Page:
Bring Back The No-Prize
There is a hideous sub-breed of geek that demands realism from those who tell stories about men who fly and women fight ancient death wyrms with bare steel while wearing chain mail bikinis. They can be found scolding their entertainers—who they place on pedestals once reserved for gods and supermodels, the better to tear them down from later—in any given corner of the Internet.
Last night I found them on io9, having a rabid debate about how Batman wouldn’t be able to operate as an “urban legend” for 30 years in a modern Gotham with CCTVs.
Set aside for a moment the fact that they were speculating on information offered by a film blogger—a species of journalist trained at the Nabokov-Nolan Institute of Unreliable Narrators—and dial in on the concern they have that a billionaire who dresses up like a bat would not be able to remain a shadowy figure. That closed-circuit televisions, being by definition not connected to a network, are not susceptible to online attacks from the mighty Cray supercomputers that line the cavern walls under Wayne Manor.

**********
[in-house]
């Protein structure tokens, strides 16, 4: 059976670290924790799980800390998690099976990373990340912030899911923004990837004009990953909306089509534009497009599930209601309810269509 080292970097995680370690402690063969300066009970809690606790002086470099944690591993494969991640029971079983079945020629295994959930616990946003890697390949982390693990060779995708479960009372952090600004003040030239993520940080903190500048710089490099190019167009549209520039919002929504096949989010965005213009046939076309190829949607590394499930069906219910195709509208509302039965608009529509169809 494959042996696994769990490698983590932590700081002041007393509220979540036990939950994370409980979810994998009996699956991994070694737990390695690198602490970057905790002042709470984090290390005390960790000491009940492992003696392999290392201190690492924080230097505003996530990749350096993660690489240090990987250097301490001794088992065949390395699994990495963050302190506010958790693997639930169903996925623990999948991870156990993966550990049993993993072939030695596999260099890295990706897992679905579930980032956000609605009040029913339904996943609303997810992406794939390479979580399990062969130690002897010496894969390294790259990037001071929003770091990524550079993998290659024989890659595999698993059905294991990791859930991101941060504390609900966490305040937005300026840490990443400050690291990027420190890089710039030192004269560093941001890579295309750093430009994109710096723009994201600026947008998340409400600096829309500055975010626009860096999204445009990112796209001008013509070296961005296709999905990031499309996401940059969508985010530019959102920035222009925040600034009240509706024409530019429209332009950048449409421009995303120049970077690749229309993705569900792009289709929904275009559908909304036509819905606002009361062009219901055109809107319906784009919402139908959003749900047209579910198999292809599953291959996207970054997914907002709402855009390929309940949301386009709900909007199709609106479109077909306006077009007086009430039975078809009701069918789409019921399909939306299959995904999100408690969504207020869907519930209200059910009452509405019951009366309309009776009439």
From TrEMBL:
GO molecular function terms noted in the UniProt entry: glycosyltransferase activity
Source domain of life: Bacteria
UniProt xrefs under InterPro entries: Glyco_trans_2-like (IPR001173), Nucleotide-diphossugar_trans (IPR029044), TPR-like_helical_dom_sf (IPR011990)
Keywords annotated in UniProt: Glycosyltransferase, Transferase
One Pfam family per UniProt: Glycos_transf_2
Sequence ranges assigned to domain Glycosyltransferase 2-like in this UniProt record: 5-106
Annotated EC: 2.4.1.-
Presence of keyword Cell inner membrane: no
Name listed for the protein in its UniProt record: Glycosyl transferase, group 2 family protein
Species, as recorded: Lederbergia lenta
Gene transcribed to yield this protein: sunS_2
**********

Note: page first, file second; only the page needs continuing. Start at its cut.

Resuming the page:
Once upon a time Marvel Comics, whose film division has set up a lovely division of the U.S. Mint for the shareholders of the Walt Disney Company, had a smart way of dealing with this breed of nerd. It was called the No-Prize.
If you wrote into the letter column at the back of a Marvel comic with a complaint about logic or continuity you were nothing special. Write in with an explanation about an apparent gap in logic and you won a No-Prize. Which wasn’t much of anything, except for the honor of having participated in the storytelling process in a positive way.
Marvel ultimately discontinued the No-Prize. If I remember correctly it is because the hunt for errors to explain away became too popular. Unfortunately the tradition of looking for errors has continued, but without the lessons that the No-Prize system provided. Essentially every awarding of a No-Prize was the triumph of creative thinking over the dull instinct to scold.
I wish someone, be it a comic publisher or a speculative fiction blog, would bring the No-Prize back and teach the young nerdlings of today how to use their imaginations for good. The idea that you can create your way out of a set of bad decisions is one of the lessons of comics culture that I cherish deeply, a value that doesn’t seem to remotely exist today.